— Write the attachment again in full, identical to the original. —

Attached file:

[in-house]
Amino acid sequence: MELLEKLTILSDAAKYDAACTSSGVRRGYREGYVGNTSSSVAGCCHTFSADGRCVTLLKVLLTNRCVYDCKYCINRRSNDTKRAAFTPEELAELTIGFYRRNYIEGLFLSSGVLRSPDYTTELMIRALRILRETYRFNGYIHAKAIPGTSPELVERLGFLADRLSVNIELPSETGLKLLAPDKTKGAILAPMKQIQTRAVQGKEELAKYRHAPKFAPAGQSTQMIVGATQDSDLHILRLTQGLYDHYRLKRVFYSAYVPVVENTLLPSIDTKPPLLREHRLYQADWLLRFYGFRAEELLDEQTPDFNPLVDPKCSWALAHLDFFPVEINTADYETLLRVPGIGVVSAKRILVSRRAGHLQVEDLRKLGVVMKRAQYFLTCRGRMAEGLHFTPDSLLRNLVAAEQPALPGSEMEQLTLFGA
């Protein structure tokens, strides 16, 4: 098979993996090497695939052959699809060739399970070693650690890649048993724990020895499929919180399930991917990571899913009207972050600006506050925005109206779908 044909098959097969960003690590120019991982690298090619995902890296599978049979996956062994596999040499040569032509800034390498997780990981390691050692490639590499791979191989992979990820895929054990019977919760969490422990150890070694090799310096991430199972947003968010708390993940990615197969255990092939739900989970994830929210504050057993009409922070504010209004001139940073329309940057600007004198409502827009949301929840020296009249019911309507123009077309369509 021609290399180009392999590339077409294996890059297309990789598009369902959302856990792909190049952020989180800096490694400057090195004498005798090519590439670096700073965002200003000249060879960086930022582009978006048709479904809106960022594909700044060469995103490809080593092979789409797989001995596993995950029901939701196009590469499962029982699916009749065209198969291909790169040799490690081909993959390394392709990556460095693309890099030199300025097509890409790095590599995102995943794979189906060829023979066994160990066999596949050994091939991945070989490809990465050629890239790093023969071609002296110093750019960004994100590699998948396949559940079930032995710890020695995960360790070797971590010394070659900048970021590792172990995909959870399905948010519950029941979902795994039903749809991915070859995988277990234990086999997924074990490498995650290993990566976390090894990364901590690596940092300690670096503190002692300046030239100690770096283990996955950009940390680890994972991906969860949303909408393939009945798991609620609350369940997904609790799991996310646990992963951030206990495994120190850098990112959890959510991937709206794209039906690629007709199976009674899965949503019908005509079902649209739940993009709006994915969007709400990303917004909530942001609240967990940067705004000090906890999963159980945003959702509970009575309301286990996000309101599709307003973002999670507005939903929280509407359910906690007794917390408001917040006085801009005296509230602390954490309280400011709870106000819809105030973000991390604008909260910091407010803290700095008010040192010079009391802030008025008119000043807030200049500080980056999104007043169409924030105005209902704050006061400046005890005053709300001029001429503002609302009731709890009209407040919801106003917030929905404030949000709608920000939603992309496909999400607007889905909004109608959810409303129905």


[in-house]
Amino acid sequence: MELLEKLTILSDAAKYDAACTSSGVRRGYREGYVGNTSSSVAGCCHTFSADGRCVTLLKVLLTNRCVYDCKYCINRRSNDTKRAAFTPEELAELTIGFYRRNYIEGLFLSSGVLRSPDYTTELMIRALRILRETYRFNGYIHAKAIPGTSPELVERLGFLADRLSVNIELPSETGLKLLAPDKTKGAILAPMKQIQTRAVQGKEELAKYRHAPKFAPAGQSTQMIVGATQDSDLHILRLTQGLYDHYRLKRVFYSAYVPVVENTLLPSIDTKPPLLREHRLYQADWLLRFYGFRAEELLDEQTPDFNPLVDPKCSWALAHLDFFPVEINTADYETLLRVPGIGVVSAKRILVSRRAGHLQVEDLRKLGVVMKRAQYFLTCRGRMAEGLHFTPDSLLRNLVAAEQPALPGSEMEQLTLFGA
């Protein structure tokens, strides 16, 4: 098979993996090497695939052959699809060739399970070693650690890649048993724990020895499929919180399930991917990571899913009207972050600006506050925005109206779908 044909098959097969960003690590120019991982690298090619995902890296599978049979996956062994596999040499040569032509800034390498997780990981390691050692490639590499791979191989992979990820895929054990019977919760969490422990150890070694090799310096991430199972947003968010708390993940990615197969255990092939739900989970994830929210504050057993009409922070504010209004001139940073329309940057600007004198409502827009949301929840020296009249019911309507123009077309369509 021609290399180009392999590339077409294996890059297309990789598009369902959302856990792909190049952020989180800096490694400057090195004498005798090519590439670096700073965002200003000249060879960086930022582009978006048709479904809106960022594909700044060469995103490809080593092979789409797989001995596993995950029901939701196009590469499962029982699916009749065209198969291909790169040799490690081909993959390394392709990556460095693309890099030199300025097509890409790095590599995102995943794979189906060829023979066994160990066999596949050994091939991945070989490809990465050629890239790093023969071609002296110093750019960004994100590699998948396949559940079930032995710890020695995960360790070797971590010394070659900048970021590792172990995909959870399905948010519950029941979902795994039903749809991915070859995988277990234990086999997924074990490498995650290993990566976390090894990364901590690596940092300690670096503190002692300046030239100690770096283990996955950009940390680890994972991906969860949303909408393939009945798991609620609350369940997904609790799991996310646990992963951030206990495994120190850098990112959890959510991937709206794209039906690629007709199976009674899965949503019908005509079902649209739940993009709006994915969007709400990303917004909530942001609240967990940067705004000090906890999963159980945003959702509970009575309301286990996000309101599709307003973002999670507005939903929280509407359910906690007794917390408001917040006085801009005296509230602390954490309280400011709870106000819809105030973000991390604008909260910091407010803290700095008010040192010079009391802030008025008119000043807030200049500080980056999104007043169409924030105005209902704050006061400046005890005053709300001029001429503002609302009731709890009209407040919801106003917030929905404030949000709608920000939603992309496909999400607007889905909004109608959810409303129905």